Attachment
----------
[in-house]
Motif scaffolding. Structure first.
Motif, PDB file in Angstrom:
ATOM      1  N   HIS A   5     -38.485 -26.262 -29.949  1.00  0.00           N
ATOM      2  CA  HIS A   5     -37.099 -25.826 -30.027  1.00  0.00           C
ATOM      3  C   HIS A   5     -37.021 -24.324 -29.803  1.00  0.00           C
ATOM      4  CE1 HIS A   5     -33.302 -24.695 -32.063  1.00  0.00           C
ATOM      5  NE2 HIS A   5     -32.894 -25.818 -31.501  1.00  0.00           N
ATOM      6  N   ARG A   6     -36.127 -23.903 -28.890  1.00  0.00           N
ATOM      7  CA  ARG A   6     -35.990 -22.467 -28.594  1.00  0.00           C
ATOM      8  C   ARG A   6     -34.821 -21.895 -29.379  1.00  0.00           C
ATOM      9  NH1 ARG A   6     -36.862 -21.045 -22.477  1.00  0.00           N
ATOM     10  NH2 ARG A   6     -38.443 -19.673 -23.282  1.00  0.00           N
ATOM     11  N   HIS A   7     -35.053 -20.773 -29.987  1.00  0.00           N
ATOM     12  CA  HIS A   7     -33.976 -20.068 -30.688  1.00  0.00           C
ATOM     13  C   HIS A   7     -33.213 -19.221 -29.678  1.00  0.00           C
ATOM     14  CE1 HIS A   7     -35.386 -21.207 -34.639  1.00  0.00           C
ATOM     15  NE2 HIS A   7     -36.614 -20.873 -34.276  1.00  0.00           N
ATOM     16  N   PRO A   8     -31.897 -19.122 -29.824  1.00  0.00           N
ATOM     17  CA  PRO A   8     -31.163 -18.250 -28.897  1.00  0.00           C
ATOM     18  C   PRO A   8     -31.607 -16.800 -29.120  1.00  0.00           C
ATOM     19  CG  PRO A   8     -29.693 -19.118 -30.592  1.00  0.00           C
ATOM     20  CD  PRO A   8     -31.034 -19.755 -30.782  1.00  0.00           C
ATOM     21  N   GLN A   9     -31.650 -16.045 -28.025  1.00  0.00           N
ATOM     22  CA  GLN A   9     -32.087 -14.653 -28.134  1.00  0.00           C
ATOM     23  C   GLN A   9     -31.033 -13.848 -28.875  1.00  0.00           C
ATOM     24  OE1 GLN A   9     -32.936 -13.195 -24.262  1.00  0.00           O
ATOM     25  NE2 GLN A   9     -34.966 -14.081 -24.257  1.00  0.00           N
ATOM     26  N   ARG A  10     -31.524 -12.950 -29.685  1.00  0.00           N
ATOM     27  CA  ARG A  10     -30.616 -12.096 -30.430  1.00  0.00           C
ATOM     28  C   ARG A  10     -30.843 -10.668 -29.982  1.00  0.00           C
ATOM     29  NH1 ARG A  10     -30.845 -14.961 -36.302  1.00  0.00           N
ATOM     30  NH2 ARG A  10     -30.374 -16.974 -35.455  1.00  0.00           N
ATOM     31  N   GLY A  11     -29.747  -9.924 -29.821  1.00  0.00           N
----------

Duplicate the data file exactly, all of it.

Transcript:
[in-house]
Motif scaffolding. Structure first.
Motif, PDB file in Angstrom:
ATOM      1  N   HIS A   5     -38.485 -26.262 -29.949  1.00  0.00           N
ATOM      2  CA  HIS A   5     -37.099 -25.826 -30.027  1.00  0.00           C
ATOM      3  C   HIS A   5     -37.021 -24.324 -29.803  1.00  0.00           C
ATOM      4  CE1 HIS A   5     -33.302 -24.695 -32.063  1.00  0.00           C
ATOM      5  NE2 HIS A   5     -32.894 -25.818 -31.501  1.00  0.00           N
ATOM      6  N   ARG A   6     -36.127 -23.903 -28.890  1.00  0.00           N
ATOM      7  CA  ARG A   6     -35.990 -22.467 -28.594  1.00  0.00           C
ATOM      8  C   ARG A   6     -34.821 -21.895 -29.379  1.00  0.00           C
ATOM      9  NH1 ARG A   6     -36.862 -21.045 -22.477  1.00  0.00           N
ATOM     10  NH2 ARG A   6     -38.443 -19.673 -23.282  1.00  0.00           N
ATOM     11  N   HIS A   7     -35.053 -20.773 -29.987  1.00  0.00           N
ATOM     12  CA  HIS A   7     -33.976 -20.068 -30.688  1.00  0.00           C
ATOM     13  C   HIS A   7     -33.213 -19.221 -29.678  1.00  0.00           C
ATOM     14  CE1 HIS A   7     -35.386 -21.207 -34.639  1.00  0.00           C
ATOM     15  NE2 HIS A   7     -36.614 -20.873 -34.276  1.00  0.00           N
ATOM     16  N   PRO A   8     -31.897 -19.122 -29.824  1.00  0.00           N
ATOM     17  CA  PRO A   8     -31.163 -18.250 -28.897  1.00  0.00           C
ATOM     18  C   PRO A   8     -31.607 -16.800 -29.120  1.00  0.00           C
ATOM     19  CG  PRO A   8     -29.693 -19.118 -30.592  1.00  0.00           C
ATOM     20  CD  PRO A   8     -31.034 -19.755 -30.782  1.00  0.00           C
ATOM     21  N   GLN A   9     -31.650 -16.045 -28.025  1.00  0.00           N
ATOM     22  CA  GLN A   9     -32.087 -14.653 -28.134  1.00  0.00           C
ATOM     23  C   GLN A   9     -31.033 -13.848 -28.875  1.00  0.00           C
ATOM     24  OE1 GLN A   9     -32.936 -13.195 -24.262  1.00  0.00           O
ATOM     25  NE2 GLN A   9     -34.966 -14.081 -24.257  1.00  0.00           N
ATOM     26  N   ARG A  10     -31.524 -12.950 -29.685  1.00  0.00           N
ATOM     27  CA  ARG A  10     -30.616 -12.096 -30.430  1.00  0.00           C
ATOM     28  C   ARG A  10     -30.843 -10.668 -29.982  1.00  0.00           C
ATOM     29  NH1 ARG A  10     -30.845 -14.961 -36.302  1.00  0.00           N
ATOM     30  NH2 ARG A  10     -30.374 -16.974 -35.455  1.00  0.00           N
ATOM     31  N   GLY A  11     -29.747  -9.924 -29.821  1.00  0.00           N